HC: Is part of your drive for efficiency about quality of life, and not letting work take over?
JK: It’s more about Jewish values. Jewish values run very deep for us. We do a lot of the work in the Jewish space, but the vast majority of our work is not in the Jewish space. We grew up feeling obligated to do something good, so you might as well do the most you can with your time. The name of Third Plateau comes from a mountain near Santa Cruz and Camp Swig, which is where we went as kids. The best day of the summer was when you got woken up at 4 a.m. and you hiked out there to watch the sunrise. That’s what we wanted to see in the social sector. When you’re doing morning tefillah [prayer] and you’re watching the sun rise.
HC: How do you relax?
JK: The ability to step away from work and have relationships enables me to do more social good. Me getting time away with my family enables me to come back to work recharged. I’ve got two kids. If I can inspire them, that’s more impact. And that’s how we look at our employees, too. Every project is meaningful, but we’re also actually doing the work in developing our team.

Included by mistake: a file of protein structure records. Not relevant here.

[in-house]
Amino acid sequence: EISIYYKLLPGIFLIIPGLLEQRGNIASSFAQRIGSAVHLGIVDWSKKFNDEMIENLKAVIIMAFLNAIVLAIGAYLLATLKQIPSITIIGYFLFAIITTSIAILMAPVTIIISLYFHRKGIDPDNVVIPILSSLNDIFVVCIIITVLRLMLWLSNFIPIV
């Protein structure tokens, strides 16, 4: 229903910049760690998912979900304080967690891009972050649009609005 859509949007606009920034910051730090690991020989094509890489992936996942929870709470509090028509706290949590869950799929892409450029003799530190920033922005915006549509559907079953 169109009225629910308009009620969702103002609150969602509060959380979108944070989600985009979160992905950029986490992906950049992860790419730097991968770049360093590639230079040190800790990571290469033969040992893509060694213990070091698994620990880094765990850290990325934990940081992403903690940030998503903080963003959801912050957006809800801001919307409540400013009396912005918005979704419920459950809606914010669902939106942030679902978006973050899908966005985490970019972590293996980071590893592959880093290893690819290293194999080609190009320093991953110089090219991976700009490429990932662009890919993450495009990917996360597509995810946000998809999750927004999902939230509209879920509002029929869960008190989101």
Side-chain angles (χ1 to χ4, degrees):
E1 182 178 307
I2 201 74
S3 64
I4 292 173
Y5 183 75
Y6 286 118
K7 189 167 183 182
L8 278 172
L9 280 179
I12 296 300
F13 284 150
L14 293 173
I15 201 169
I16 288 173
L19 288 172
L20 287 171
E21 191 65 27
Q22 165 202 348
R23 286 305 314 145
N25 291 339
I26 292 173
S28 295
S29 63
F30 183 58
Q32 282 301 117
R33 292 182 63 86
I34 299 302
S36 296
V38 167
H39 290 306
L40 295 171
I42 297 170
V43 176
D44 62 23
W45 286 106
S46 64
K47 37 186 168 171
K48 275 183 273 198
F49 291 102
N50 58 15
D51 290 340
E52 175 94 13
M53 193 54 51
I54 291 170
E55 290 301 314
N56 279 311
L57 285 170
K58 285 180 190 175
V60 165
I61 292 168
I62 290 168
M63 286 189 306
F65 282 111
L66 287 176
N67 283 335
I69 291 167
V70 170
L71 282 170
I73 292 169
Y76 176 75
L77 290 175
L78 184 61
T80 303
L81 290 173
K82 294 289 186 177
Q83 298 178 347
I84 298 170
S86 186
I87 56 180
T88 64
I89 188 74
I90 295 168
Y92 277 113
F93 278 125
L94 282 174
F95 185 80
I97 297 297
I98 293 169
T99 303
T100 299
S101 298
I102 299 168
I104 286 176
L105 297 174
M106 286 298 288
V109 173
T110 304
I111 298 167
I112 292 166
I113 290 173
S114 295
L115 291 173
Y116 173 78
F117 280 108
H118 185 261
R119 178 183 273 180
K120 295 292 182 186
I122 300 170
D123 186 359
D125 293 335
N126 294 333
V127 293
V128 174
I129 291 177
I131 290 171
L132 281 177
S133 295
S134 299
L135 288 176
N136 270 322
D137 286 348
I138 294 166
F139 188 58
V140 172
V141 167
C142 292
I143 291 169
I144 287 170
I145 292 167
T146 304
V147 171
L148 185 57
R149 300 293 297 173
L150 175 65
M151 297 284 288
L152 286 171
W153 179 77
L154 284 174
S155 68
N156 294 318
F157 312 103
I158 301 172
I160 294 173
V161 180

I’m not a different person outside of work or inside work. We talk about issues at home with our kids. We’ve seen homeless encampments in Los Angeles. We talk about why they’re there. How can we help? Do we need to open up our door and let people sleep here? What are some of the things that hurt homeless people the most? It’s [people’s] lack of eye contact. They say, “Other people don’t treat us as humans. They’re scared of us. They think we’re going to ask them for money. They feel guilty.” So in our family, we decided we need to talk to them, so we can be even a small source of help in their life.